NewsRoom
12:00 am
Mon October 8, 2012

reWorking Michigan: The Tourism Draw Of The Broad Art Museum

This week from reWorking Michigan, our Monday report looks at efforts to promote the new Broad Art Museum at MSU as a tourist destination. Gearing up for next month’s opening of the Broad Art Museum entails much more than the completion of construction and the mounting of artworks. Getting the word out about the design by world-famous architect Zaha Hadid has been a major focus.

Michael Rush is the founding director of the Broad. He says he’s been working with one of the leading museum public relations firms in the country, Resnicow-Schroeder, to be, in his words, “as visible around the world as possible.”

“They’ve been hooking us up with interviews in international magazines,” Rush explains, “and we’ve had visits from architecture writers. One from a German magazine was here just the other day. All the major art magazines are in touch with us.”

"We've had visits from architecture writers. All the major art magazines are in touch with us." Broad Art Museum founding director Michael Rush

Five Chinese newspapers have done stories, partly because the museum has hired a Chinese curator. The Broad has also bought ads in three major art publications: Art Forum, Art In America, and Frieze.

CONVENTION & VISITORS BUREAU PROMOTING NEW MUSEUM

At the Greater Lansing Convention and Visitors Bureau, the museum has been on their radar since the beginning, with lots of thought given to promoting it as a destination.

“We’ve reached out to lots of our travel writers and freelance writers out in the community to make sure that they’re aware of that,” says Vice President Tracy Padot, “and that they’re talking about it and getting it in their publications, in addition to including it in our visitor guide, which is an annual publication. So, it’s on our website; we’ve partnered with lots of other community entities, lots of different facets, lots of different avenues that we’re taking to talk about it.”

Julie Pingston is the Convention and Visitors Bureau’s senior Vice President. She says next month’s opening of the Broad Art Museum will get an extra push.

“We’ll have banners welcoming people that are coming in for the opening,” Pingston states. “We’ll have information in all the hotels that gives more details and more hands-on information, just a way that everyone knows that’s coming in for the festivities at the opening, that the community is very supportive and very behind the grand opening celebrations.”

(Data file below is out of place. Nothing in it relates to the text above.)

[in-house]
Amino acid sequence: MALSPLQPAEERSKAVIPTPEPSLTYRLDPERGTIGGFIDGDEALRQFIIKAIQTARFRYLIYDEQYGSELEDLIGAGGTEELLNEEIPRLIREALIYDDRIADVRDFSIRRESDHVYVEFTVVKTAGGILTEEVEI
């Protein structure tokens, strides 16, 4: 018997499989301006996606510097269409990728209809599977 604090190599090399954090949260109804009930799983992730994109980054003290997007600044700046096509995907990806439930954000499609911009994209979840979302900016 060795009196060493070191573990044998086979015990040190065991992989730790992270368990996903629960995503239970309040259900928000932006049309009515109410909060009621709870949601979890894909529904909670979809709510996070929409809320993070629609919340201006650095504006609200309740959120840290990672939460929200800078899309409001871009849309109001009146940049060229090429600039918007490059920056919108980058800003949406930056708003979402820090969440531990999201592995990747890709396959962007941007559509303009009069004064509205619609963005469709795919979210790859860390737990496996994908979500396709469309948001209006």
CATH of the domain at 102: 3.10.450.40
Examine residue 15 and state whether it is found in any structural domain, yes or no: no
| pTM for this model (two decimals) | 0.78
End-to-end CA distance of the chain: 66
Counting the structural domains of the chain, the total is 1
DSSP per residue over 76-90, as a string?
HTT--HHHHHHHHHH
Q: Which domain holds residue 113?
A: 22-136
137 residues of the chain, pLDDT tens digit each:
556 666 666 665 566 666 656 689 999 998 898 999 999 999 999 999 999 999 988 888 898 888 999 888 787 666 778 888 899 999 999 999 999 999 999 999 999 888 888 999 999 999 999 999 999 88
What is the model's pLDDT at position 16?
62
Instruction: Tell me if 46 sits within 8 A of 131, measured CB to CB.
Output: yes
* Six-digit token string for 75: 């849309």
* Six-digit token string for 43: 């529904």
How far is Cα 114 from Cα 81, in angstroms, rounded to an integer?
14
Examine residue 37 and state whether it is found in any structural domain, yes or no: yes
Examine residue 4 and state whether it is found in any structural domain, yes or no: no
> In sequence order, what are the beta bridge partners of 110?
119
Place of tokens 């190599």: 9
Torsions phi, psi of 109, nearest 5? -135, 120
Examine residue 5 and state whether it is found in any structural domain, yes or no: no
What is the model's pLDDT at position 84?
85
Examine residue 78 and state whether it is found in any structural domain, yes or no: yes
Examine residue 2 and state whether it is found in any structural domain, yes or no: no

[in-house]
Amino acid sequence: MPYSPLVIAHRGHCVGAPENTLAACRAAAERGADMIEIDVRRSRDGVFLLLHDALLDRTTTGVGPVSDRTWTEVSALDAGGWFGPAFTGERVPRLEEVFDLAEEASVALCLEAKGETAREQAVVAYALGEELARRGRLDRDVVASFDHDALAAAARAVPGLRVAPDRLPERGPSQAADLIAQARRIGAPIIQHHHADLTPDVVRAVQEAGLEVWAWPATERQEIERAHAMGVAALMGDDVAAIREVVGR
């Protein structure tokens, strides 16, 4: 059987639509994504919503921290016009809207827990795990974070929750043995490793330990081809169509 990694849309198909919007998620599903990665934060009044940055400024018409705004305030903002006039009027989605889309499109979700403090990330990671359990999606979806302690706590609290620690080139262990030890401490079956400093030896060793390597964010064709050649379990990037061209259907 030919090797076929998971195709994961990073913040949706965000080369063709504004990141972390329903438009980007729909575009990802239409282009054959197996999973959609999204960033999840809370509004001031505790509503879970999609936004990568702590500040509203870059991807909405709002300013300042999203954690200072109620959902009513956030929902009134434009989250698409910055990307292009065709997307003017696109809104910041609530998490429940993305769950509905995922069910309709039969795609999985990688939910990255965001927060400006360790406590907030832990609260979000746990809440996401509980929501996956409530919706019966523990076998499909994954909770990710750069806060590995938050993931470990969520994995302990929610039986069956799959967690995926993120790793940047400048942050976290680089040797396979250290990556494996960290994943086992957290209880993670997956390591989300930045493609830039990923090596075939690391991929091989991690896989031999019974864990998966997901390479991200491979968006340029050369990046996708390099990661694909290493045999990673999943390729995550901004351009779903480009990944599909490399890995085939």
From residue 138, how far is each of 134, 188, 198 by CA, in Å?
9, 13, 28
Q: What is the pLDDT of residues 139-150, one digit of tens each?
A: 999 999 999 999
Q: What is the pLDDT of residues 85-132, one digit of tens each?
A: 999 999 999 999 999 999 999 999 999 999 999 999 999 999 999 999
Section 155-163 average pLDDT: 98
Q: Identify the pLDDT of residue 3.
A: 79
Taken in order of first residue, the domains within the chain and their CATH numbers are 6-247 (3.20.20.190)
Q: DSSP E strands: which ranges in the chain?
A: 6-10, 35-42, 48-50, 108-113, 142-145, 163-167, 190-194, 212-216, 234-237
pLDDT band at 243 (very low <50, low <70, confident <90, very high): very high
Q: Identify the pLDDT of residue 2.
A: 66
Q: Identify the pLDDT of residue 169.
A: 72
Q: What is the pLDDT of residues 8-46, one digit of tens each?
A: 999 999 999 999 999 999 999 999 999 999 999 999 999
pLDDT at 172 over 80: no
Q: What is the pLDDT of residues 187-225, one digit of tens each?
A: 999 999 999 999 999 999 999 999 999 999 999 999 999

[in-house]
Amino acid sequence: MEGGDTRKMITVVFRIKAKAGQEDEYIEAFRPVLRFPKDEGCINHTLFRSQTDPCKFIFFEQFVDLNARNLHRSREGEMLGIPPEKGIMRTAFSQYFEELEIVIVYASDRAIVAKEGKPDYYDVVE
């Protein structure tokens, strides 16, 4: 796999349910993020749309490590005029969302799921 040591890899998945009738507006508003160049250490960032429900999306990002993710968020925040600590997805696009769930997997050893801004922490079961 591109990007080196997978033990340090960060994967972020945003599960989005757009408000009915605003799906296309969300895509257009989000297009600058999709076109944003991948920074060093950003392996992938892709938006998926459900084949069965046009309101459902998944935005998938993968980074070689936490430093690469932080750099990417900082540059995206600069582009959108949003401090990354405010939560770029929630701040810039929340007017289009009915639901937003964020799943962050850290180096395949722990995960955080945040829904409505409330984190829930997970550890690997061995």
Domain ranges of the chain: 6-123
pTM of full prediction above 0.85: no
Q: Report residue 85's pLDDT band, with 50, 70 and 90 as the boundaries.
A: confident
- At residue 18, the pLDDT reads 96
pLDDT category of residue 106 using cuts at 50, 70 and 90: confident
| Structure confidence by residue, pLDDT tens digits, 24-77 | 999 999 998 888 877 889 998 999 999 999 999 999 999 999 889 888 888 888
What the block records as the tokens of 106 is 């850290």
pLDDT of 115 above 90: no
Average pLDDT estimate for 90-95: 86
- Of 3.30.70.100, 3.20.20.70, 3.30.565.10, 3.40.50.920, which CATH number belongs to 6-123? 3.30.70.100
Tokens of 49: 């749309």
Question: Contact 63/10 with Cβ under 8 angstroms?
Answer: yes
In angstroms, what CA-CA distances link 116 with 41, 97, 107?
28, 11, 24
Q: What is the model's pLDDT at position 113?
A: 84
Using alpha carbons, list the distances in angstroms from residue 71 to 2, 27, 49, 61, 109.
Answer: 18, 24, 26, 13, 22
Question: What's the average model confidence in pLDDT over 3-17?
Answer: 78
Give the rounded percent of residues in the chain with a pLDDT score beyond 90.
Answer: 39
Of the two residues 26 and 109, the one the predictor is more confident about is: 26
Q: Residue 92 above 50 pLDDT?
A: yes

To further take advantage of the museum’s debut, the Convention and Visitor’s Bureau will open a second visitor center across Grand River Avenue from the Broad. The idea is that museum visitors will stop in for recommendations of other local attractions to see.

PRIMA CIVITAS USING THE BROAD MUSEUM, TOO

The Prima Civitas Foundation is also getting into the act, using the new museum as an attraction with their new Spartan Line Initiative with AMTRAK.

Chief Program Officer Tremaine Phillips explains that they’ve reserved a train car from Chicago, decorated inside and out with MSU’s green and white colors, for Chicagoland alumni returning to East Lansing for the football game with Northwestern next month. The package includes a reception at the Broad.

“This is a great opportunity for them to promote the museum to the 25-plus thousand MSU alumni that are there in greater Chicago,” Phillips explains, “but it’s also just a great opportunity for these participants to come back to the East Lansing area and to see something that literally, physically, was not here when they were students.”

Prima Civitas has 68 spaces for the football game and the tour of the Broad Art Museum. It’s the weekend after the museum’s November 10th dedication.

Whether it’s to see the striking architecture of the Broad, or the art that will be displayed there, there’s a lot riding on the facility becoming a draw for visitors and conventions for years to come.

reWorking Michigan examines our evolving economy, as citizens of the Great Lake State explore new ways to make a living and build a future for their families. A project of WKAR NewsRoom, WKAR-TV and WKAR Online.

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